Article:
In June 2021 Patently Apple posted a report titled "TSMC's 3DFabric Technology is the next big wave in Chip Design that Apple will take advantage of in the not-too-distant Future." While TSMCs 3DFabric didn't first debut on an iPhone, a new Tom's Hardware report states that TSMC has clarified that Apple's UltraFusion Chip-to-Chip interconnect does.
TSMC recently confirmed that Apple used its InFO_LI packaging method to build its M1 Ultra processor and enable its UltraFusion chip-to-chip interconnect. Apple is one of the first companies to use InFO_LI technology.
When Apple introduced its 20-core M1 Ultra processor earlier this year, it impressed observers with its UltraFusion 2.5 TB/s inter-processor interconnect and made us wonder what kind of packaging technology it used. Since Apple uses TSMC's chip production services, it was reasonable to assume that it used one of TSMC's packaging technologies too.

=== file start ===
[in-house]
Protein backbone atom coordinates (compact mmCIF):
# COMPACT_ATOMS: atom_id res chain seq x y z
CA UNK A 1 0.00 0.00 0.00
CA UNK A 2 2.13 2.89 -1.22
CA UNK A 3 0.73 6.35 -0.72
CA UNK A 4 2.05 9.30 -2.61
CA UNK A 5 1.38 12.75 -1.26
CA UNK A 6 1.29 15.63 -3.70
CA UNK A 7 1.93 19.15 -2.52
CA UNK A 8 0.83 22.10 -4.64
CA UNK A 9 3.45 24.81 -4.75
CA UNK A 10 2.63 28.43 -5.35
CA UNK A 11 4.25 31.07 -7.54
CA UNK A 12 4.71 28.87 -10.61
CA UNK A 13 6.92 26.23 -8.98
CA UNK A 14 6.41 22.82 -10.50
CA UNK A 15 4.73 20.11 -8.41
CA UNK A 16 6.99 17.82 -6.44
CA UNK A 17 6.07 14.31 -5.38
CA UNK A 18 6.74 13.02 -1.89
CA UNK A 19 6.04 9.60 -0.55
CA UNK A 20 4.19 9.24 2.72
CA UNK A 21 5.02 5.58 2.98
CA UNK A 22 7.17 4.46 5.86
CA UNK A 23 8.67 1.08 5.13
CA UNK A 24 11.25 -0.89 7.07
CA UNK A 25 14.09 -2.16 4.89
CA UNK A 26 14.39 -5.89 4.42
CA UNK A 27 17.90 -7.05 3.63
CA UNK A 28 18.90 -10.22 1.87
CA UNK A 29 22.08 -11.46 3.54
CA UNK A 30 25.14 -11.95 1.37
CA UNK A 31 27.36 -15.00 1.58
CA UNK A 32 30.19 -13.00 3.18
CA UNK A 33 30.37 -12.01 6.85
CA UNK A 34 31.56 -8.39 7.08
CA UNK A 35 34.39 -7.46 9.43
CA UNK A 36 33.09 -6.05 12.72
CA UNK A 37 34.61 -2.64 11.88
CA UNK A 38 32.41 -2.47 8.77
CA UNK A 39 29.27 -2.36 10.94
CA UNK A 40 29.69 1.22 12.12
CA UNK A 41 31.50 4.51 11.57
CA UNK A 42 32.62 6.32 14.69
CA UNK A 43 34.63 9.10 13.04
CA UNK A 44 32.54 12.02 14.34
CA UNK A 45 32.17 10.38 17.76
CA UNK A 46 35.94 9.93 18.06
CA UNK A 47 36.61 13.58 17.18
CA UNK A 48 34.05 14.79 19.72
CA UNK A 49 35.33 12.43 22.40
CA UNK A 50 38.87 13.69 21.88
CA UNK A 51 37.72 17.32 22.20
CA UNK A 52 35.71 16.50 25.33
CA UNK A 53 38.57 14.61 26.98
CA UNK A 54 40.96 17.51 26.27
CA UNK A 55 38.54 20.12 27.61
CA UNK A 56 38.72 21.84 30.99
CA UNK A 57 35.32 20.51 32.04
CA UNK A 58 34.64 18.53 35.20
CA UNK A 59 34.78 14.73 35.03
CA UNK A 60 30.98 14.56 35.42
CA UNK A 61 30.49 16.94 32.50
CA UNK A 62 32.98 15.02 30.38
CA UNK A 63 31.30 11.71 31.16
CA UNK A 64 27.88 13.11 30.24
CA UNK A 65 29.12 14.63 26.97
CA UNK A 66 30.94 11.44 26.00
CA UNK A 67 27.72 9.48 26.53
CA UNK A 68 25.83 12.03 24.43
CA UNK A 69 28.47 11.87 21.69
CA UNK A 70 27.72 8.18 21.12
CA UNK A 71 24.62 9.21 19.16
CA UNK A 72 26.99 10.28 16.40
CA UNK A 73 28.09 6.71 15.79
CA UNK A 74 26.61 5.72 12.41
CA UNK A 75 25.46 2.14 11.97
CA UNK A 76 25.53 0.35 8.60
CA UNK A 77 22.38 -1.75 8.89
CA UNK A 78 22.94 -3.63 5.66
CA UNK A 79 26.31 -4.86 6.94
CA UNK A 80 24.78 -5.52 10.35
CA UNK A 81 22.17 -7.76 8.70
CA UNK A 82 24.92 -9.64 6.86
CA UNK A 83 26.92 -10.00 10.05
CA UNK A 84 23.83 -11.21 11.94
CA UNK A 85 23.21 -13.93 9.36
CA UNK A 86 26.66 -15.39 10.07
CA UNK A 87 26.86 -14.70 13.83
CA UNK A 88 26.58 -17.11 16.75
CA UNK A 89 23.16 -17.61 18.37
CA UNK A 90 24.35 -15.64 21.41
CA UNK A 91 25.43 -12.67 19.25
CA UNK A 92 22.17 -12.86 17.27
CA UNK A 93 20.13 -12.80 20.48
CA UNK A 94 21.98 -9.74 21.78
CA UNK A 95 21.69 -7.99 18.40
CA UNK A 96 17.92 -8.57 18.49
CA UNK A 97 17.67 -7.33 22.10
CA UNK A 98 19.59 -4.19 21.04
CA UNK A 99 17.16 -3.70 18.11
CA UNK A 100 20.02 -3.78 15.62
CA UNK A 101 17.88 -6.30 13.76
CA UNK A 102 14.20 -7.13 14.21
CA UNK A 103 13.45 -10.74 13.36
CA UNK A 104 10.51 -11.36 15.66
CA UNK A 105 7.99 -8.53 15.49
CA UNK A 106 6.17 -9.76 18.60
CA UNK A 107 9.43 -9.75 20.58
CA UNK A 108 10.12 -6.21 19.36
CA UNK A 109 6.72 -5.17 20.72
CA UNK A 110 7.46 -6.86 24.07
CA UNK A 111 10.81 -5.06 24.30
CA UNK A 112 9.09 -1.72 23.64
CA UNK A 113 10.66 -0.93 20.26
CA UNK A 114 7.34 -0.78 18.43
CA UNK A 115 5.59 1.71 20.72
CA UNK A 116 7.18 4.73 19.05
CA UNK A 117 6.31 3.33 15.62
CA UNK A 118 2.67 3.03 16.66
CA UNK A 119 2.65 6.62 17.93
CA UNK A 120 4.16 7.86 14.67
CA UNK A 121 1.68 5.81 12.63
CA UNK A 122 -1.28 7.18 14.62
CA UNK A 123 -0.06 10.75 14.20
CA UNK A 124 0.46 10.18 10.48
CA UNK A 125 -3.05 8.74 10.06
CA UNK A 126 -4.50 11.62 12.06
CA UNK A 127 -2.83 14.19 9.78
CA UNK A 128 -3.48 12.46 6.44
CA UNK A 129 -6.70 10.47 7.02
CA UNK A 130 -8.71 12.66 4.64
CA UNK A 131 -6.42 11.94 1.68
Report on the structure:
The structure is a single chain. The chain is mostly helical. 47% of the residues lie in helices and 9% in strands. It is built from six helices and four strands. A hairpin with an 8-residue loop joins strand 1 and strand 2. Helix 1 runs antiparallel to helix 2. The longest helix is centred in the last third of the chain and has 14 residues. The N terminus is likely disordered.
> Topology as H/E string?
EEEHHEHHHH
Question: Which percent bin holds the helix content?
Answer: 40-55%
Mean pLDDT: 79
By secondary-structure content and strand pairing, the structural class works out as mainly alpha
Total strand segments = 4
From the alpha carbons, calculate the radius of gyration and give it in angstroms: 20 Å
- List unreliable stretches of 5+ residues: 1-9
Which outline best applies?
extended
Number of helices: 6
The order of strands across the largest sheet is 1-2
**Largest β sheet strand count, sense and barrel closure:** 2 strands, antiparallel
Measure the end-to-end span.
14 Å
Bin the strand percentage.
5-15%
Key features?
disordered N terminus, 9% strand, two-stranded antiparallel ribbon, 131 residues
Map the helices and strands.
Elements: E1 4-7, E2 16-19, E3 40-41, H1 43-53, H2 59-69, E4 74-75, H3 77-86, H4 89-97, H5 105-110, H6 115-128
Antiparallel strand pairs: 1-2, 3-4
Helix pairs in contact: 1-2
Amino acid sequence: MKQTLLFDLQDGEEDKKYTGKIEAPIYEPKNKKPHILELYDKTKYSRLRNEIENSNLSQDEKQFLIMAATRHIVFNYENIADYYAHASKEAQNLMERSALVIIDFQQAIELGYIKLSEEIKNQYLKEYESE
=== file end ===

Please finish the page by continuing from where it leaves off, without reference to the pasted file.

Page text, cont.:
According to a presentation demonstrated by the foundry at the International Symposium on 3D IC and Heterogeneous Integration, Apple uses Integrated Fan-Out (InFO) with local silicon interconnect (LSI) and a redistribution layer (RDL). The slide, as presented below, was republished by Tom Wassick, a semiconductor packaging engineering professional.
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Ultimately, Apple's UltraFusion chip-to-chip interconnect uses a passive silicon bridge that connects one M1 Max to another M1 Max processor to build an M1 Ultra, but there are several ways to implement such a bridge. InFO_LI uses localized silicon interconnects beneath multiple dies instead of large and costly interposers, which is a concept that is very similar to Intel's embedded die interconnect bridge (EMIB). For more on this, read the full report by Tom's Hardware.